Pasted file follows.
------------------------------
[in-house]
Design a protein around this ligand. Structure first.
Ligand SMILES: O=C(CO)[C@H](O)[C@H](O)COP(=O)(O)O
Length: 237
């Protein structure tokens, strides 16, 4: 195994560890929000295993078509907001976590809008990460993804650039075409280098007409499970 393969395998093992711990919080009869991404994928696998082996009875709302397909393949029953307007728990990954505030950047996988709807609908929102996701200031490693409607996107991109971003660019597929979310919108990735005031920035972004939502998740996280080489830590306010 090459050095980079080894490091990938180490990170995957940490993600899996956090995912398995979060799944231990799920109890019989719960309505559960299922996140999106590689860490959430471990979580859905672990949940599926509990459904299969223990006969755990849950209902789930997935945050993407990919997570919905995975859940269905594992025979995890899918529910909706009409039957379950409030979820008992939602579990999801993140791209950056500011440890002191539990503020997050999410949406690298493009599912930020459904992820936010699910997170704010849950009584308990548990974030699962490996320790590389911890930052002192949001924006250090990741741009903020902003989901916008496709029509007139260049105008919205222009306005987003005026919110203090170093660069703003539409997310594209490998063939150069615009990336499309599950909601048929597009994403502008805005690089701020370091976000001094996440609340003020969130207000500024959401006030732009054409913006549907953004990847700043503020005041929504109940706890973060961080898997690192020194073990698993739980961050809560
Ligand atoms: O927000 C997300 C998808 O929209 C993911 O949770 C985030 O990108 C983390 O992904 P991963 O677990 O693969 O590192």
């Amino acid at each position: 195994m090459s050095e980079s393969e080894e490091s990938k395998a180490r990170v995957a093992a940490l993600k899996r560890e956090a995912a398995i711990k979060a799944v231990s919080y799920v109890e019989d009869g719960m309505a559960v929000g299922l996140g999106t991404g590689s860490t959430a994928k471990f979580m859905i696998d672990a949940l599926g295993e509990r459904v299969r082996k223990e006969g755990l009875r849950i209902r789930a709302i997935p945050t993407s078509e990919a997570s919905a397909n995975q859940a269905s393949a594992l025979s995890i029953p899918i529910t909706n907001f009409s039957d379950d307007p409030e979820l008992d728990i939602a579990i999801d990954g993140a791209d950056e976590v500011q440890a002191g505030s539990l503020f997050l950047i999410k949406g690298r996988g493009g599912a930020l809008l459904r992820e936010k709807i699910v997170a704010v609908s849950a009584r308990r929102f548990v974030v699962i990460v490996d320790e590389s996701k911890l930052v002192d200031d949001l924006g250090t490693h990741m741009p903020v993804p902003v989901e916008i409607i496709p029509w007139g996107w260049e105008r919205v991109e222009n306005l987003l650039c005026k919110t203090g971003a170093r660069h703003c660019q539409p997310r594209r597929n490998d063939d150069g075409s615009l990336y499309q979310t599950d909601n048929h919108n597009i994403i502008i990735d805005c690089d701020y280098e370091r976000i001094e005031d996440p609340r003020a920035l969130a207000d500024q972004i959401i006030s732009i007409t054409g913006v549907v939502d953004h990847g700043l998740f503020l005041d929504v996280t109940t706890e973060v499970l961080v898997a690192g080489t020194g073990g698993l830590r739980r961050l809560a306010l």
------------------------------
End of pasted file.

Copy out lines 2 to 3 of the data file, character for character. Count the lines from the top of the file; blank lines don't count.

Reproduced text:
Design a protein around this ligand. Structure first.
Ligand SMILES: O=C(CO)[C@H](O)[C@H](O)COP(=O)(O)O